Effective partnerships can help address some of our most pressing socialchallenges. Many contemporary problems – local, national and global –extend beyond the capacity of any one sector – public, private or civilsociety – to effectively address alone. Partnerships are particularlyimportant in a global world, where traditional boundaries between what isseen as public versus private responsibilities have become increasinglyblurred, and where problems such as AIDS and climate change extendbeyond national boundaries.This was not always the case. Toward the end of the Cold War, the rolesand responsibilities of governments, the private sector and civil societywere well defined. However, the past decade has witnessed an explosionof civil society organizations worldwide, the globalization of business,changed notions of what governments can and should do, and arevolution in information and communications technologies. This hasresulted in the creation of new networks amongst the public and privatesectors, and the re-defining of previously very clear roles and expectationsof governments, business, and civil society.It is now accepted that governments can no longer manage social issuesalone; the private sector has wider social responsibilities and civil societymust play a role. As a result there has been a rapid growth in partnershipactivity. Today, it would be difficult to find a serious player in any sectorwithout a formal partnership strategy.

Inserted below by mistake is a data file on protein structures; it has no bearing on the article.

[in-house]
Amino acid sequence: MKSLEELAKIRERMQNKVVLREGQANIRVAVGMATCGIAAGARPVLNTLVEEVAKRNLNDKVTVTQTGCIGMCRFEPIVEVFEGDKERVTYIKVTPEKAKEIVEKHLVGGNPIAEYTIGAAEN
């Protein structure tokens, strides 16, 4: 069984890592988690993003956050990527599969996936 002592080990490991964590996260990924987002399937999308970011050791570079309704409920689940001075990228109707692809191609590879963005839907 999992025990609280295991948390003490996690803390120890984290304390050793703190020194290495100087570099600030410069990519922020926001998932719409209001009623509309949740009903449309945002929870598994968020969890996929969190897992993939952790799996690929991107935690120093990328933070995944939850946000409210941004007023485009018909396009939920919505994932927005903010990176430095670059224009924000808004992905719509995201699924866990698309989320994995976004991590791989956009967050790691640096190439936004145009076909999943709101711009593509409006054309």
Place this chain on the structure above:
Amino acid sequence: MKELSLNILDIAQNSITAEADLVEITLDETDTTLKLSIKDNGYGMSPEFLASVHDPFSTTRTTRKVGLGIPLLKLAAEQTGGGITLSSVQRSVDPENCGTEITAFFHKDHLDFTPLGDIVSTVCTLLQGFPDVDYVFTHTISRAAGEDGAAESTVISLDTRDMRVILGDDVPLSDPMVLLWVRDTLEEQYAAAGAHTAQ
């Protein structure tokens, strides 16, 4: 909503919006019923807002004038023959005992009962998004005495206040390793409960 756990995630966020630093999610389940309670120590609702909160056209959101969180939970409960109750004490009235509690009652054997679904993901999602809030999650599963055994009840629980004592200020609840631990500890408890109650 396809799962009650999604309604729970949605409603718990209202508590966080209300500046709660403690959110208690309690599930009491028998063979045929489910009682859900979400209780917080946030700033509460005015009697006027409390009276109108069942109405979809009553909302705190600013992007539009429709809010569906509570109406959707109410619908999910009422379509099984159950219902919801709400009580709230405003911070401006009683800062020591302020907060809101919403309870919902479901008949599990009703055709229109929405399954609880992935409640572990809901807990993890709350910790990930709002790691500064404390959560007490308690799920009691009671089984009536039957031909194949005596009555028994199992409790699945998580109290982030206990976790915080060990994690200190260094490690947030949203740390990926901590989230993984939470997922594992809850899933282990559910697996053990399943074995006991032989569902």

Yet, overall, the partnership approach seems to be falling short.
Many partnershipsfail, or fail to live up to their promise. In our view, part of the problem isthe lack of a widely shared understanding about what constitutes a truepartnership; the incentives of the various sectors involved; whenpartnerships make sense (and when they do not); what makes for asuccessful partnership; and how partnerships are best established,operated and evaluated.